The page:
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In the following exercises, solve the given maximum and minimum problems.In Example $3,$ change $1600 \mathrm{ft}$ to $2400 \mathrm{ft}$ and then proceed.

Calculus 1 / AB

Chapter 24

Applications of the Derivative

Section 7

Applied Maximum and Minimum Problems

Derivatives

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In mathematics, precalculu…

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In mathematics, a function…

02:38

For the following exercise…

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04:19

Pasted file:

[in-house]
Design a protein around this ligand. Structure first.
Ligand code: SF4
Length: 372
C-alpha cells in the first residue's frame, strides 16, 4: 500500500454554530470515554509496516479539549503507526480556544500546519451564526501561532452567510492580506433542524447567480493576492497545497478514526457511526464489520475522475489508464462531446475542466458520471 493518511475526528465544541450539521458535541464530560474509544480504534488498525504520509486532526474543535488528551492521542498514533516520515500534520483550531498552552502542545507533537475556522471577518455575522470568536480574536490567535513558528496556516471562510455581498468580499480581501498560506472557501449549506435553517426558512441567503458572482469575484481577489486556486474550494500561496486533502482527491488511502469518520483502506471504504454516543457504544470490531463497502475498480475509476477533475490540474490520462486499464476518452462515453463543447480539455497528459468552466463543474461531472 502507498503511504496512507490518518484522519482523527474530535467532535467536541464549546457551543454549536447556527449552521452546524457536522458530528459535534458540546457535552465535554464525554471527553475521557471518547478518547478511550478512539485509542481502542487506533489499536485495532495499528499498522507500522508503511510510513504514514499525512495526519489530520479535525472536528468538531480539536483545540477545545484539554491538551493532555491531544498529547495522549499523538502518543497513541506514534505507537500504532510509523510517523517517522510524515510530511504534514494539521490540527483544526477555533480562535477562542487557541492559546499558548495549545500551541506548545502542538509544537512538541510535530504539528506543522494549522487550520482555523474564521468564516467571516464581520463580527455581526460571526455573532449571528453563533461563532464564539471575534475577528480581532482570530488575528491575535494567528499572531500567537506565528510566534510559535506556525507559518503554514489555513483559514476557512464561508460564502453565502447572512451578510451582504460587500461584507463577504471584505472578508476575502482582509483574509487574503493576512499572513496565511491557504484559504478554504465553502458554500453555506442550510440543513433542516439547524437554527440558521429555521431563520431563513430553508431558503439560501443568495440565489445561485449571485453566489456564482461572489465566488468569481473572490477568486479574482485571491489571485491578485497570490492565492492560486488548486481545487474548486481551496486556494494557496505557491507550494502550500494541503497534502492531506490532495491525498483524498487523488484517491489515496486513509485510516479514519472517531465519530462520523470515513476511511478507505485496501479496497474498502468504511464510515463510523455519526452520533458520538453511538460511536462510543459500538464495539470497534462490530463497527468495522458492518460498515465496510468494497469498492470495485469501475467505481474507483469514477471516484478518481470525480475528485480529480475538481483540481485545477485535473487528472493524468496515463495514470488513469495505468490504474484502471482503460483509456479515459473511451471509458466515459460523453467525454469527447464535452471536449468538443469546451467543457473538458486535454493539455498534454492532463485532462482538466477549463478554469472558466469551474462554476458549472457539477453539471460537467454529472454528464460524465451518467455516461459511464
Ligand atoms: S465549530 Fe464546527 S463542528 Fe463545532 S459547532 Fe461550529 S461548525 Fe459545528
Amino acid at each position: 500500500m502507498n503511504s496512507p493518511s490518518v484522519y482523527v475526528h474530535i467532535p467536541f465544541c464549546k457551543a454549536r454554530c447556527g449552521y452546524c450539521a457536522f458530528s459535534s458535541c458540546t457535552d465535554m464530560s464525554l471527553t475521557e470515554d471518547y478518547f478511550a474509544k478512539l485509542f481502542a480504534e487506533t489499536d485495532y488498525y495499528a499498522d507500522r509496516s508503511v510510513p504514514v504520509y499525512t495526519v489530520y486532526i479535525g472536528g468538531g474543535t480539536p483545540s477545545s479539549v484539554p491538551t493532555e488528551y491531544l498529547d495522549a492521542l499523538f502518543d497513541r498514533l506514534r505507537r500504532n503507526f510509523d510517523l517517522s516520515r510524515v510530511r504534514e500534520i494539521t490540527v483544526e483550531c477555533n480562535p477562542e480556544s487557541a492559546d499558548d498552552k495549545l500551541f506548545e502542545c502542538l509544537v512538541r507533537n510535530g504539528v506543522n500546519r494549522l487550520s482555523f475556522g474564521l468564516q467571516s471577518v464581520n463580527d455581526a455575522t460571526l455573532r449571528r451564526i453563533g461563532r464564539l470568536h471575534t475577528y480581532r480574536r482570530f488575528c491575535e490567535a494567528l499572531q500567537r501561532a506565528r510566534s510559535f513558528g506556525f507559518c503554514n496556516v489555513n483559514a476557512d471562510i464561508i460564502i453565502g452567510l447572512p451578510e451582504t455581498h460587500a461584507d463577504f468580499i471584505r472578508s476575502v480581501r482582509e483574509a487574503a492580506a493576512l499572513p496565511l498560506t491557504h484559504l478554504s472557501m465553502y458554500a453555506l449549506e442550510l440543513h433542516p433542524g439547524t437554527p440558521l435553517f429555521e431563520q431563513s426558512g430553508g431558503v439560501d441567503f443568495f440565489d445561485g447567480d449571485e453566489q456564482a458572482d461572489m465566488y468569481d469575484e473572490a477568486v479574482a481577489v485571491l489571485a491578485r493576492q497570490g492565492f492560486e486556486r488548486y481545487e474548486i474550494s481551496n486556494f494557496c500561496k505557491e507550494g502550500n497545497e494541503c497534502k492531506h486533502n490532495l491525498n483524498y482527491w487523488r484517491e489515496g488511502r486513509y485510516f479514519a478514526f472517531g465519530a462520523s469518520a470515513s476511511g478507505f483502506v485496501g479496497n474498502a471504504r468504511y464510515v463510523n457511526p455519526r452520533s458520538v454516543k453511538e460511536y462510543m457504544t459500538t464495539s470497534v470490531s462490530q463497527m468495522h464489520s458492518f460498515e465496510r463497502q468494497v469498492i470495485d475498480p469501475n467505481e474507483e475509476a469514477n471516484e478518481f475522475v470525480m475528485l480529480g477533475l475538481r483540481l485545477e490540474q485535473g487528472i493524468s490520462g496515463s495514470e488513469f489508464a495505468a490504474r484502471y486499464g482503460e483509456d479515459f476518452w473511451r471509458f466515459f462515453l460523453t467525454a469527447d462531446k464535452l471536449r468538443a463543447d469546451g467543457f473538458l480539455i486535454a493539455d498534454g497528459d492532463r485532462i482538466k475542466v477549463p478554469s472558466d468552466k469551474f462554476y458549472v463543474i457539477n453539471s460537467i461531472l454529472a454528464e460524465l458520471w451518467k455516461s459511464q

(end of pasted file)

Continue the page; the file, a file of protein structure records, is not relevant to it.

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All right. So when this problem, we're trying to minimize the, um, dimension or the amount of material, which is the amount of fencing we need. So we're trying to minimize the perimeter, which is equal to two length plus two with Pierre, right, and were given that the area has to fit a total of 400 feet, so length, times with must be 400. So to roost, reduce the sounds of just one variable. We can set one of these between variables to another using this form form or this equation here. So, for example, we can sit well, we can set link to equal to 400 or sorry, uh, this should be 1600 1600 so this will become 1600 divided by a W so we can plug that here into our, um, into our perimeter. So that becomes 3200 divided by the width, plus two times the with is our perimeter, and we're trying to minimize this. So to minimize we take the derivative said it equal to zero. So the derivative here is going to be negative. 3200 divided by W squared plus two is equal to zero. Okay, so solving groups solving for solving for zero or sorrow, sorrow solving for W we get that 3200 over w squared is equal to two. Cross multiply. You get that w squared is equal to 1600. Or that w is equal to 400. Okay, so we have our with an onion, so this should be, um, in feet, 400 feet here. Okay. Now our length is going to be 1600 divided by 400 or we get that. Our link is also going to be 400 feet. All right, so we have finished our problem.

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